Friends of Fairsted 2015-2016 Lecture Series
America’s Best Idea: Fairsted, the Olmsteds and Our National Parks
In Recognition of the 100th Anniversary of the National Park Service
Series Commentator: Anne Whiston Spirn
Professor of Landscape Architecture and Planning, MIT
Tuesday, April 5, 2016
Parks: Cornerstones of Civic Revitalization
Public park systems are a measure of a healthy and functional society, an uncommon commitment to the common good. This talk will trace the symbolism and significance of public parks, from Frederick Law Olmsted’s seminal 1865 Yosemite Report to the present day, as a recurring expression of national and community renewal.
6:00 pm reception 7:00 pm lecture
43 Hawes Street, Wheelock College, Brookline
Admission is free; space is limited; registration required
Rolf Diamant is a writer, historian, and adjunct associate professor at the University of Vermont’s Rubenstein School of Environment and Natural Resources. A former superintendent of Frederick Law Olmsted National Historic Site, Rolf enjoyed a 37-year career with the National Park Service as a landscape architect, planner, and park manager. He is past president of the George Wright Society and his column, “Letter from Woodstock,” addressing the future of national parks, appears regularly in the society’s journal.
NEW ENGLAND SOCIETY OF ARCHITECTURAL HISTORIANS
2016 ANNUAL MEETING
Wednesday 10 February 2016
Behrakis Health Sciences Center Room 310 (3rd floor)
30 Leon Street, Boston, MA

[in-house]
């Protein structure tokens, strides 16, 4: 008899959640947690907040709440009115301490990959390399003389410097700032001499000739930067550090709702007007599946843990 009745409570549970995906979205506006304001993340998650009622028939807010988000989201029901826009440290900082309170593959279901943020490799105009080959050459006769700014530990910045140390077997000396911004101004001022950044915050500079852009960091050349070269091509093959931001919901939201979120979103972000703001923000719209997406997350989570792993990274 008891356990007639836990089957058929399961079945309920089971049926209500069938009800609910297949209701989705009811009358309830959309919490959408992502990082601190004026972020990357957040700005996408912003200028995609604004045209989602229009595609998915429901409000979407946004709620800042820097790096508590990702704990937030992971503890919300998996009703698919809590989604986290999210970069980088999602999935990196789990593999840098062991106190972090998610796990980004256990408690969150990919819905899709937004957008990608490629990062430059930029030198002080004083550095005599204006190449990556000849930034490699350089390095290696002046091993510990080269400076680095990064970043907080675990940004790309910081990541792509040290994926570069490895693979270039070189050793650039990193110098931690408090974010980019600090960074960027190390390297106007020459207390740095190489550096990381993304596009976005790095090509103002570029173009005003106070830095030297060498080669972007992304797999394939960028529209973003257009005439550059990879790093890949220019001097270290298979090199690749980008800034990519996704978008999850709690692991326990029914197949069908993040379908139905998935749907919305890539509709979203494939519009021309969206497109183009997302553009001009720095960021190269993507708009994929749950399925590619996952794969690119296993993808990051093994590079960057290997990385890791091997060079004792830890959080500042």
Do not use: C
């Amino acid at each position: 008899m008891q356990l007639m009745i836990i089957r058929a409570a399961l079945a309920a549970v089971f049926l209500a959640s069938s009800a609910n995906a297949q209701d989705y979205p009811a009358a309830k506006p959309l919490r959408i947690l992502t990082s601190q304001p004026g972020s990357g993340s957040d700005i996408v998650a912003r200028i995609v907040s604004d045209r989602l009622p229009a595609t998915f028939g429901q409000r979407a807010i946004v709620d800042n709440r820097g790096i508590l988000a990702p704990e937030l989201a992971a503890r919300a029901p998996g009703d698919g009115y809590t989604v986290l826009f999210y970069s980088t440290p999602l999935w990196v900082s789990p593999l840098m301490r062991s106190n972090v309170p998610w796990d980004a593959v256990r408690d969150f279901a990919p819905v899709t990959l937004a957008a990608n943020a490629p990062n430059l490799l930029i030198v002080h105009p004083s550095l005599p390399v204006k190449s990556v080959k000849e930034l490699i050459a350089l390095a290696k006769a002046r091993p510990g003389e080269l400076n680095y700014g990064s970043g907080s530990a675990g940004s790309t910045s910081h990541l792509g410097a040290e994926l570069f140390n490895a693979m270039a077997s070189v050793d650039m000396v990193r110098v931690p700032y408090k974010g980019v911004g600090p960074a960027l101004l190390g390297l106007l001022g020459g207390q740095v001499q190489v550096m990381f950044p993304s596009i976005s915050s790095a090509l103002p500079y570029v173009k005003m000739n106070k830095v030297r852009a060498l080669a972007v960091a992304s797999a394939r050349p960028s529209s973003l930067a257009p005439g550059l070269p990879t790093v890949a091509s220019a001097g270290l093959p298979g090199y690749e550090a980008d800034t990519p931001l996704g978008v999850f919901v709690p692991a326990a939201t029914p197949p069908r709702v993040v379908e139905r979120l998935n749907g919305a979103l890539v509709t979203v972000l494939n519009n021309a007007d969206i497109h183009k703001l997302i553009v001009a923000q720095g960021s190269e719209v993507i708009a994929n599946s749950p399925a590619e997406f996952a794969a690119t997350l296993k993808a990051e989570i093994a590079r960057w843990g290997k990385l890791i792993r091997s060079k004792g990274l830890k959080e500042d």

Parking Available in West Parking Garage, Leon Street
6:00pm Business Meeting followed by lecture by
Timothy R. Rohan on his recently published book:
The Architecture of Paul Rudolph
Equally admired and maligned for his remarkable Brutalist buildings, Paul Rudolph (1918-1997) shaped both late modernist architecture and a generation of architects while chairing Yale’s department of architecture from 1958 to 1965. Based on extensive research and unpublished materials, The Architecture of Paul Rudolph (Yale University Press, 2014) is the first in-depth study of the architect, neglected since his postwar zenith.
Author Timothy M. Rohan unearths the ideas that informed Rudolph’s architecture, from his Florida beach houses of the 1940s to his concrete buildings of the 1960s to his lesser-known East Asian skyscrapers of the 1990s. Situating Rudolph within the architectural discourse of his day, Rohan shows how Rudolph countered the perceived monotony of the glass curtain-walled International Style with a dramatically expressive architecture for postwar America, exemplified by his Yale Art and Architecture Building of 1963, famously clad in corrugated concrete.
Timothy M. Rohan is associate professor in the Department of the History of Art and Architecture at UMass Amherst. He has written articles for Grey Room, Casabella, Journal of the Society of Architectural Historians and other publications. His new research concerns late twentieth-century Manhattan interiors.